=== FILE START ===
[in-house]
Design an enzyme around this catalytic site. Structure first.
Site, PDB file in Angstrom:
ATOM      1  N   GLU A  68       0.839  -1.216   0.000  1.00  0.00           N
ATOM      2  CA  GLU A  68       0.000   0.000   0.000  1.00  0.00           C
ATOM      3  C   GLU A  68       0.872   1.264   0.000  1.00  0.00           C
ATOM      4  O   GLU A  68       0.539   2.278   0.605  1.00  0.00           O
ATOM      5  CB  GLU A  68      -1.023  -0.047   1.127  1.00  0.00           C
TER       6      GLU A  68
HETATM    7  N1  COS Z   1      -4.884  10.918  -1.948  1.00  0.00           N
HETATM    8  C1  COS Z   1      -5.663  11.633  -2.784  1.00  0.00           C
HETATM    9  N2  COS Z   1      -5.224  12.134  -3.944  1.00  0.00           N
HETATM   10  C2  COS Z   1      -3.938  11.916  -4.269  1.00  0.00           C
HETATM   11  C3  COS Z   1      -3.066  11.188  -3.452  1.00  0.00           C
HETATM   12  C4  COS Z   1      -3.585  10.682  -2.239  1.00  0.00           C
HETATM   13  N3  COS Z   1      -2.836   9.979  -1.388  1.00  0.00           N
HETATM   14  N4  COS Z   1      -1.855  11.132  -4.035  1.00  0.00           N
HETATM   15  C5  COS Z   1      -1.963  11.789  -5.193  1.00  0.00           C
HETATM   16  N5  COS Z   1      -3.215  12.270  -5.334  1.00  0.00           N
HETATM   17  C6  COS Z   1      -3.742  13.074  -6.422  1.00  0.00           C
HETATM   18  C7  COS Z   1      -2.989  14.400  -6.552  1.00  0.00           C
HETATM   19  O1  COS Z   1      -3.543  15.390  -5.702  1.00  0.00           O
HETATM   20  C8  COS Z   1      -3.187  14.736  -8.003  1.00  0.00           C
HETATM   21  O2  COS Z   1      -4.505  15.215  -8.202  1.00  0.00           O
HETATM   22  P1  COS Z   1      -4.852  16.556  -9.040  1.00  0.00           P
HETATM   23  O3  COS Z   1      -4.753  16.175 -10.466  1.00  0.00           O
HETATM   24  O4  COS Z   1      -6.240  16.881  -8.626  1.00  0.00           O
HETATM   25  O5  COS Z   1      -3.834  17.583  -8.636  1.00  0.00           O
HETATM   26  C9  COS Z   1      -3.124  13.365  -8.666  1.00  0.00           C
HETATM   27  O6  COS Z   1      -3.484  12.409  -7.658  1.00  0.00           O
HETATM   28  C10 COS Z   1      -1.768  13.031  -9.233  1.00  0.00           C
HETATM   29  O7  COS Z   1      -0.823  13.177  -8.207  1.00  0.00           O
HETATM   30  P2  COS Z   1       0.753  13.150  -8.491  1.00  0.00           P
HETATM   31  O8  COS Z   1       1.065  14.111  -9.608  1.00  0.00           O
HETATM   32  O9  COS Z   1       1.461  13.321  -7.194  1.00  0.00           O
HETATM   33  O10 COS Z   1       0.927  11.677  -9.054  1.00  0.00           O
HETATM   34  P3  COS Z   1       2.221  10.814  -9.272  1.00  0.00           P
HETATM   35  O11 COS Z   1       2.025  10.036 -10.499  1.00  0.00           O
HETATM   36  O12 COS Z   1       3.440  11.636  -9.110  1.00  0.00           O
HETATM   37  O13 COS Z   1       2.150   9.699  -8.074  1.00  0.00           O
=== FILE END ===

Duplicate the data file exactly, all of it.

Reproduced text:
[in-house]
Design an enzyme around this catalytic site. Structure first.
Site, PDB file in Angstrom:
ATOM      1  N   GLU A  68       0.839  -1.216   0.000  1.00  0.00           N
ATOM      2  CA  GLU A  68       0.000   0.000   0.000  1.00  0.00           C
ATOM      3  C   GLU A  68       0.872   1.264   0.000  1.00  0.00           C
ATOM      4  O   GLU A  68       0.539   2.278   0.605  1.00  0.00           O
ATOM      5  CB  GLU A  68      -1.023  -0.047   1.127  1.00  0.00           C
TER       6      GLU A  68
HETATM    7  N1  COS Z   1      -4.884  10.918  -1.948  1.00  0.00           N
HETATM    8  C1  COS Z   1      -5.663  11.633  -2.784  1.00  0.00           C
HETATM    9  N2  COS Z   1      -5.224  12.134  -3.944  1.00  0.00           N
HETATM   10  C2  COS Z   1      -3.938  11.916  -4.269  1.00  0.00           C
HETATM   11  C3  COS Z   1      -3.066  11.188  -3.452  1.00  0.00           C
HETATM   12  C4  COS Z   1      -3.585  10.682  -2.239  1.00  0.00           C
HETATM   13  N3  COS Z   1      -2.836   9.979  -1.388  1.00  0.00           N
HETATM   14  N4  COS Z   1      -1.855  11.132  -4.035  1.00  0.00           N
HETATM   15  C5  COS Z   1      -1.963  11.789  -5.193  1.00  0.00           C
HETATM   16  N5  COS Z   1      -3.215  12.270  -5.334  1.00  0.00           N
HETATM   17  C6  COS Z   1      -3.742  13.074  -6.422  1.00  0.00           C
HETATM   18  C7  COS Z   1      -2.989  14.400  -6.552  1.00  0.00           C
HETATM   19  O1  COS Z   1      -3.543  15.390  -5.702  1.00  0.00           O
HETATM   20  C8  COS Z   1      -3.187  14.736  -8.003  1.00  0.00           C
HETATM   21  O2  COS Z   1      -4.505  15.215  -8.202  1.00  0.00           O
HETATM   22  P1  COS Z   1      -4.852  16.556  -9.040  1.00  0.00           P
HETATM   23  O3  COS Z   1      -4.753  16.175 -10.466  1.00  0.00           O
HETATM   24  O4  COS Z   1      -6.240  16.881  -8.626  1.00  0.00           O
HETATM   25  O5  COS Z   1      -3.834  17.583  -8.636  1.00  0.00           O
HETATM   26  C9  COS Z   1      -3.124  13.365  -8.666  1.00  0.00           C
HETATM   27  O6  COS Z   1      -3.484  12.409  -7.658  1.00  0.00           O
HETATM   28  C10 COS Z   1      -1.768  13.031  -9.233  1.00  0.00           C
HETATM   29  O7  COS Z   1      -0.823  13.177  -8.207  1.00  0.00           O
HETATM   30  P2  COS Z   1       0.753  13.150  -8.491  1.00  0.00           P
HETATM   31  O8  COS Z   1       1.065  14.111  -9.608  1.00  0.00           O
HETATM   32  O9  COS Z   1       1.461  13.321  -7.194  1.00  0.00           O
HETATM   33  O10 COS Z   1       0.927  11.677  -9.054  1.00  0.00           O
HETATM   34  P3  COS Z   1       2.221  10.814  -9.272  1.00  0.00           P
HETATM   35  O11 COS Z   1       2.025  10.036 -10.499  1.00  0.00           O
HETATM   36  O12 COS Z   1       3.440  11.636  -9.110  1.00  0.00           O
HETATM   37  O13 COS Z   1       2.150   9.699  -8.074  1.00  0.00           O